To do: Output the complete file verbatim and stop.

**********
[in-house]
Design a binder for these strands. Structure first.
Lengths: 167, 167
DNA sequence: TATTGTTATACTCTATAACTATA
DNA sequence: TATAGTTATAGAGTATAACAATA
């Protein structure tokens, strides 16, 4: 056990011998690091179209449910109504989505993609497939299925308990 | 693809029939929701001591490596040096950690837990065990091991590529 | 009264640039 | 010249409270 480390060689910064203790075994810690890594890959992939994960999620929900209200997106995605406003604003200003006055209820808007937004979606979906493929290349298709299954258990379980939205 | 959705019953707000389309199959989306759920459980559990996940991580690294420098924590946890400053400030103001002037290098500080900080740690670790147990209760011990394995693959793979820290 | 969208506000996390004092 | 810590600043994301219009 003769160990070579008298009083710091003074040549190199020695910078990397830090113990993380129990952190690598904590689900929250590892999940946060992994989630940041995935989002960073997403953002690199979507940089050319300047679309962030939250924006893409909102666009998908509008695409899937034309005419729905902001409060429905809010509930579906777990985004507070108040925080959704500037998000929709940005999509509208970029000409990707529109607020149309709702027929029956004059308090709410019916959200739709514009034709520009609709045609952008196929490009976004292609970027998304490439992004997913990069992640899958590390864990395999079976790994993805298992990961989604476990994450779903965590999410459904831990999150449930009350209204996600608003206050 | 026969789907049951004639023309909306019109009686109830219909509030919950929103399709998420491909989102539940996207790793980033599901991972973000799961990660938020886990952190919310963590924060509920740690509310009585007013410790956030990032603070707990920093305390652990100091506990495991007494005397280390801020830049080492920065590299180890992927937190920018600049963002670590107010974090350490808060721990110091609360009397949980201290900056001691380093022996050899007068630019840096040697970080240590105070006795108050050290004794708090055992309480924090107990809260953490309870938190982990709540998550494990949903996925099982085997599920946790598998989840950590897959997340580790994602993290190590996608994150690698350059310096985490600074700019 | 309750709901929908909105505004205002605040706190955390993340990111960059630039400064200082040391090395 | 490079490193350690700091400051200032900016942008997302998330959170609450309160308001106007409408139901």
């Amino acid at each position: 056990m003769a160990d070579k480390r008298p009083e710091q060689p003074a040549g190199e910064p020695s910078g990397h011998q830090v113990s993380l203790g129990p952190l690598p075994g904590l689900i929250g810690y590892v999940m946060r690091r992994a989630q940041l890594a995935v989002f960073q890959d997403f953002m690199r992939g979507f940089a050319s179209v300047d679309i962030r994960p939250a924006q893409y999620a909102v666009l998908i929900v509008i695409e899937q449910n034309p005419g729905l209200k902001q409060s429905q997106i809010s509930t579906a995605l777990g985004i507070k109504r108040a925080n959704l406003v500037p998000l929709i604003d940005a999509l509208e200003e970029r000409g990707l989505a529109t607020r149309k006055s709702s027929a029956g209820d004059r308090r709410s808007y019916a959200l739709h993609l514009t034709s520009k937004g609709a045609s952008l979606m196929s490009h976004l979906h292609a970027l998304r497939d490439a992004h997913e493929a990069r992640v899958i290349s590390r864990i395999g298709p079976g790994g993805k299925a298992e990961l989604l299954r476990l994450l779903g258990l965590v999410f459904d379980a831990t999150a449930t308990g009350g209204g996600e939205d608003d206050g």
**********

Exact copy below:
[in-house]
Design a binder for these strands. Structure first.
Lengths: 167, 167
DNA sequence: TATTGTTATACTCTATAACTATA
DNA sequence: TATAGTTATAGAGTATAACAATA
């Protein structure tokens, strides 16, 4: 056990011998690091179209449910109504989505993609497939299925308990 | 693809029939929701001591490596040096950690837990065990091991590529 | 009264640039 | 010249409270 480390060689910064203790075994810690890594890959992939994960999620929900209200997106995605406003604003200003006055209820808007937004979606979906493929290349298709299954258990379980939205 | 959705019953707000389309199959989306759920459980559990996940991580690294420098924590946890400053400030103001002037290098500080900080740690670790147990209760011990394995693959793979820290 | 969208506000996390004092 | 810590600043994301219009 003769160990070579008298009083710091003074040549190199020695910078990397830090113990993380129990952190690598904590689900929250590892999940946060992994989630940041995935989002960073997403953002690199979507940089050319300047679309962030939250924006893409909102666009998908509008695409899937034309005419729905902001409060429905809010509930579906777990985004507070108040925080959704500037998000929709940005999509509208970029000409990707529109607020149309709702027929029956004059308090709410019916959200739709514009034709520009609709045609952008196929490009976004292609970027998304490439992004997913990069992640899958590390864990395999079976790994993805298992990961989604476990994450779903965590999410459904831990999150449930009350209204996600608003206050 | 026969789907049951004639023309909306019109009686109830219909509030919950929103399709998420491909989102539940996207790793980033599901991972973000799961990660938020886990952190919310963590924060509920740690509310009585007013410790956030990032603070707990920093305390652990100091506990495991007494005397280390801020830049080492920065590299180890992927937190920018600049963002670590107010974090350490808060721990110091609360009397949980201290900056001691380093022996050899007068630019840096040697970080240590105070006795108050050290004794708090055992309480924090107990809260953490309870938190982990709540998550494990949903996925099982085997599920946790598998989840950590897959997340580790994602993290190590996608994150690698350059310096985490600074700019 | 309750709901929908909105505004205002605040706190955390993340990111960059630039400064200082040391090395 | 490079490193350690700091400051200032900016942008997302998330959170609450309160308001106007409408139901």
């Amino acid at each position: 056990m003769a160990d070579k480390r008298p009083e710091q060689p003074a040549g190199e910064p020695s910078g990397h011998q830090v113990s993380l203790g129990p952190l690598p075994g904590l689900i929250g810690y590892v999940m946060r690091r992994a989630q940041l890594a995935v989002f960073q890959d997403f953002m690199r992939g979507f940089a050319s179209v300047d679309i962030r994960p939250a924006q893409y999620a909102v666009l998908i929900v509008i695409e899937q449910n034309p005419g729905l209200k902001q409060s429905q997106i809010s509930t579906a995605l777990g985004i507070k109504r108040a925080n959704l406003v500037p998000l929709i604003d940005a999509l509208e200003e970029r000409g990707l989505a529109t607020r149309k006055s709702s027929a029956g209820d004059r308090r709410s808007y019916a959200l739709h993609l514009t034709s520009k937004g609709a045609s952008l979606m196929s490009h976004l979906h292609a970027l998304r497939d490439a992004h997913e493929a990069r992640v899958i290349s590390r864990i395999g298709p079976g790994g993805k299925a298992e990961l989604l299954r476990l994450l779903g258990l965590v999410f459904d379980a831990t999150a449930t308990g009350g209204g996600e939205d608003d206050g």